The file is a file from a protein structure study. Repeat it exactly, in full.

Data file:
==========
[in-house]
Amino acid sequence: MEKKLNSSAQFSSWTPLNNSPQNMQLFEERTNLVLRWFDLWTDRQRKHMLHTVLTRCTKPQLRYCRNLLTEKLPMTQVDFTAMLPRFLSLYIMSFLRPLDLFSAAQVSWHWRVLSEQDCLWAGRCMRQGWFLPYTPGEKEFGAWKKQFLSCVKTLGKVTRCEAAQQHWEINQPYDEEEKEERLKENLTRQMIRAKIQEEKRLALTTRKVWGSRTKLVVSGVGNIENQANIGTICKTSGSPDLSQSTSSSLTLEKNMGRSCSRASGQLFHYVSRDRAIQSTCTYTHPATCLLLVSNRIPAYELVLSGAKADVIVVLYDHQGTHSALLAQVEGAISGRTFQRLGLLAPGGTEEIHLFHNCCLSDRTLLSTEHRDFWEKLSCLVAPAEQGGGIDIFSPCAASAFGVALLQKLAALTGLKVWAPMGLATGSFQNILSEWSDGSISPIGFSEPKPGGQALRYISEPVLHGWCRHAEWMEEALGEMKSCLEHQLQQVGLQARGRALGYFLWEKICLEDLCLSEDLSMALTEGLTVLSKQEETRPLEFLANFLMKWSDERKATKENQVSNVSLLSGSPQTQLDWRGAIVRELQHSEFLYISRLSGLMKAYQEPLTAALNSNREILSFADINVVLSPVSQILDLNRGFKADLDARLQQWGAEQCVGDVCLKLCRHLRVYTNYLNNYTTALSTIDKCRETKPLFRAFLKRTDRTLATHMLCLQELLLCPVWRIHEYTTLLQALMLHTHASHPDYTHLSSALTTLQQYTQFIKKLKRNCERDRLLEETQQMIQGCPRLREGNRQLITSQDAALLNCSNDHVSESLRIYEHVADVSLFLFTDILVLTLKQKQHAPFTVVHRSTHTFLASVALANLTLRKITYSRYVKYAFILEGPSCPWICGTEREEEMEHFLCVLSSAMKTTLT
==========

[in-house]
Amino acid sequence: MEKKLNSSAQFSSWTPLNNSPQNMQLFEERTNLVLRWFDLWTDRQRKHMLHTVLTRCTKPQLRYCRNLLTEKLPMTQVDFTAMLPRFLSLYIMSFLRPLDLFSAAQVSWHWRVLSEQDCLWAGRCMRQGWFLPYTPGEKEFGAWKKQFLSCVKTLGKVTRCEAAQQHWEINQPYDEEEKEERLKENLTRQMIRAKIQEEKRLALTTRKVWGSRTKLVVSGVGNIENQANIGTICKTSGSPDLSQSTSSSLTLEKNMGRSCSRASGQLFHYVSRDRAIQSTCTYTHPATCLLLVSNRIPAYELVLSGAKADVIVVLYDHQGTHSALLAQVEGAISGRTFQRLGLLAPGGTEEIHLFHNCCLSDRTLLSTEHRDFWEKLSCLVAPAEQGGGIDIFSPCAASAFGVALLQKLAALTGLKVWAPMGLATGSFQNILSEWSDGSISPIGFSEPKPGGQALRYISEPVLHGWCRHAEWMEEALGEMKSCLEHQLQQVGLQARGRALGYFLWEKICLEDLCLSEDLSMALTEGLTVLSKQEETRPLEFLANFLMKWSDERKATKENQVSNVSLLSGSPQTQLDWRGAIVRELQHSEFLYISRLSGLMKAYQEPLTAALNSNREILSFADINVVLSPVSQILDLNRGFKADLDARLQQWGAEQCVGDVCLKLCRHLRVYTNYLNNYTTALSTIDKCRETKPLFRAFLKRTDRTLATHMLCLQELLLCPVWRIHEYTTLLQALMLHTHASHPDYTHLSSALTTLQQYTQFIKKLKRNCERDRLLEETQQMIQGCPRLREGNRQLITSQDAALLNCSNDHVSESLRIYEHVADVSLFLFTDILVLTLKQKQHAPFTVVHRSTHTFLASVALANLTLRKITYSRYVKYAFILEGPSCPWICGTEREEEMEHFLCVLSSAMKTTLT